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New trademark for tobacco a win for ethical investors

  • January 04 2019
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Invest

New trademark for tobacco a win for ethical investors

By Stephanie Aikins
January 04 2019

Australian ethical investors may soon be able to differentiate fund managers or financial institutions that are ‘tobacco-free’.

new trademark tobacco win ethical investors

New trademark for tobacco a win for ethical investors

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  • January 04 2019
  • Share

Australian ethical investors may soon be able to differentiate fund managers or financial institutions that are ‘tobacco-free’.

new trademark tobacco win ethical investors

Australia’s Competition and Consumer Commission has proposed to accept a charitable organisation’s application to create certified trademarks that can be used by fund managers and financial institutions to signify their investment status in tobacco products.

Tobacco Free Portfolios Limited, a public company and charity, has submitted a request to the ACCC for the recognition of three trademarks that highlight to investors whether a fund manger or financial institution is directly or indirectly invested in tobacco holdings, or if they are committed to divesting from such investments within a two-year timeframe.

ACCC deputy chair Mick Keogh said the Tobacco Free trademarks were important in allowing investors to pursue investment opportunities that align with their personal ethics.

“Many investors want to invest in funds that are tobacco free, and this mark will help them to make informed investment decisions,” he said.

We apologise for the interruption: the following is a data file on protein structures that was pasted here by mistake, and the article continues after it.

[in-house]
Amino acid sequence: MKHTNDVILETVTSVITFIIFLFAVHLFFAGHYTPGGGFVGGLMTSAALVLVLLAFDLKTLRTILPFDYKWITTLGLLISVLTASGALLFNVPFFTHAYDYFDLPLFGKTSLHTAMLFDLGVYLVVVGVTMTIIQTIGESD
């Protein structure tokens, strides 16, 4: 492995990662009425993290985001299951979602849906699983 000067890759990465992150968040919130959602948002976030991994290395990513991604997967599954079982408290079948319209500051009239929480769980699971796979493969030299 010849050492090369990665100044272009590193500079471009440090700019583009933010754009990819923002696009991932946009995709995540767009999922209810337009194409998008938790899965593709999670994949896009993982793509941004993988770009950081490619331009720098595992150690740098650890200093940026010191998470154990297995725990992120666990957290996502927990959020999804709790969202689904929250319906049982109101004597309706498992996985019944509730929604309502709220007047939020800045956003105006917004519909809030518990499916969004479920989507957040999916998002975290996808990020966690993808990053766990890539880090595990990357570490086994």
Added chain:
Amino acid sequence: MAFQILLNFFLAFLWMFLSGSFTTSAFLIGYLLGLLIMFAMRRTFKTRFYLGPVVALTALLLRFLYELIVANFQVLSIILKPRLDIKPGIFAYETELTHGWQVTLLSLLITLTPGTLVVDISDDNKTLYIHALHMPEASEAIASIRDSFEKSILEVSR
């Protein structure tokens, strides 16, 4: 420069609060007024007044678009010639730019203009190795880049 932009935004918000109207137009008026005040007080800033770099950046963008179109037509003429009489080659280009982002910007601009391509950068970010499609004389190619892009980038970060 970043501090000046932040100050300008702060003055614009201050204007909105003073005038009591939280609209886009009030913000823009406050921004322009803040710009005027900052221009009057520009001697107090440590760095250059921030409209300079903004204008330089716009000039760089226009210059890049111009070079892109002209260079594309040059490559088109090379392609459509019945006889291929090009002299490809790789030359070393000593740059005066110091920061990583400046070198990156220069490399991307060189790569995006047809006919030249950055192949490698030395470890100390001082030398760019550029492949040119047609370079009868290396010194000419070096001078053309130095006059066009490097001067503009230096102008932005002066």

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“Our initial assessment is that this trademark and the underlying rules meet the legal test for registration in that they are clear and not misleading or anti-competitive. Additionally, as the approved certifier, Tobacco Free Portfolios is able to competently assess whether funds and fund managers meet the certification requirements.”

Trademark laws in Australia

In Australia, the ACCC works together with IP Australia, the agency that oversees intellectual property rights, patents and trademarks, to assess and approve the use of a certification trademark.

In their assessment, it is considered whether a potential trademark could be to the detriment of the public through restricting competition, promoting harmful or immoral behaviour, allowing for unfair practices or being unsafe and/or misleading.

Interested parties are able to make submissions to the ACCC regarding a potential new trademark up to one month after the commission releases its initial assessment.

Consumers can provide written or oral submissions regarding the ACCC’s decision on the Tobacco Free Portfolios Limited Trademark by clicking here before 22 February 2019.

New trademark for tobacco a win for ethical investors
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